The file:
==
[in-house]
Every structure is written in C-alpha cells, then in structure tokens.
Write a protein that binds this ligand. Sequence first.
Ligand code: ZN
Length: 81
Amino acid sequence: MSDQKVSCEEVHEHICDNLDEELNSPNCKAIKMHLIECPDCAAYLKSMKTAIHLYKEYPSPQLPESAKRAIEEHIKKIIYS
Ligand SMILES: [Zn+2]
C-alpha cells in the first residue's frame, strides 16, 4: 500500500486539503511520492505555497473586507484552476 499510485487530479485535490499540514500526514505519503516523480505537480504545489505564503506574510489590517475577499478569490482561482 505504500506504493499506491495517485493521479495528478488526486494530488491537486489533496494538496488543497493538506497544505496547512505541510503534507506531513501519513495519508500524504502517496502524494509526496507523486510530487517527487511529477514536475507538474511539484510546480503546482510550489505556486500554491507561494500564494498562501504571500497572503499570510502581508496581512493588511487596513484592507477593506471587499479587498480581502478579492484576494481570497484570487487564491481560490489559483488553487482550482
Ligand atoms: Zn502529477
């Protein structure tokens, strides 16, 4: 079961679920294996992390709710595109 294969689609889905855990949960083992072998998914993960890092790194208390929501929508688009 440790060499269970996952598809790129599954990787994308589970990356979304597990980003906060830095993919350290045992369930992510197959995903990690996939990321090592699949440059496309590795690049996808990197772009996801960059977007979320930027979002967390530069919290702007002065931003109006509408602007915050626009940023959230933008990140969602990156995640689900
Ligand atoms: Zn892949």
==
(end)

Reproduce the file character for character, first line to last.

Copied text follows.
[in-house]
Every structure is written in C-alpha cells, then in structure tokens.
Write a protein that binds this ligand. Sequence first.
Ligand code: ZN
Length: 81
Amino acid sequence: MSDQKVSCEEVHEHICDNLDEELNSPNCKAIKMHLIECPDCAAYLKSMKTAIHLYKEYPSPQLPESAKRAIEEHIKKIIYS
Ligand SMILES: [Zn+2]
C-alpha cells in the first residue's frame, strides 16, 4: 500500500486539503511520492505555497473586507484552476 499510485487530479485535490499540514500526514505519503516523480505537480504545489505564503506574510489590517475577499478569490482561482 505504500506504493499506491495517485493521479495528478488526486494530488491537486489533496494538496488543497493538506497544505496547512505541510503534507506531513501519513495519508500524504502517496502524494509526496507523486510530487517527487511529477514536475507538474511539484510546480503546482510550489505556486500554491507561494500564494498562501504571500497572503499570510502581508496581512493588511487596513484592507477593506471587499479587498480581502478579492484576494481570497484570487487564491481560490489559483488553487482550482
Ligand atoms: Zn502529477
């Protein structure tokens, strides 16, 4: 079961679920294996992390709710595109 294969689609889905855990949960083992072998998914993960890092790194208390929501929508688009 440790060499269970996952598809790129599954990787994308589970990356979304597990980003906060830095993919350290045992369930992510197959995903990690996939990321090592699949440059496309590795690049996808990197772009996801960059977007979320930027979002967390530069919290702007002065931003109006509408602007915050626009940023959230933008990140969602990156995640689900
Ligand atoms: Zn892949």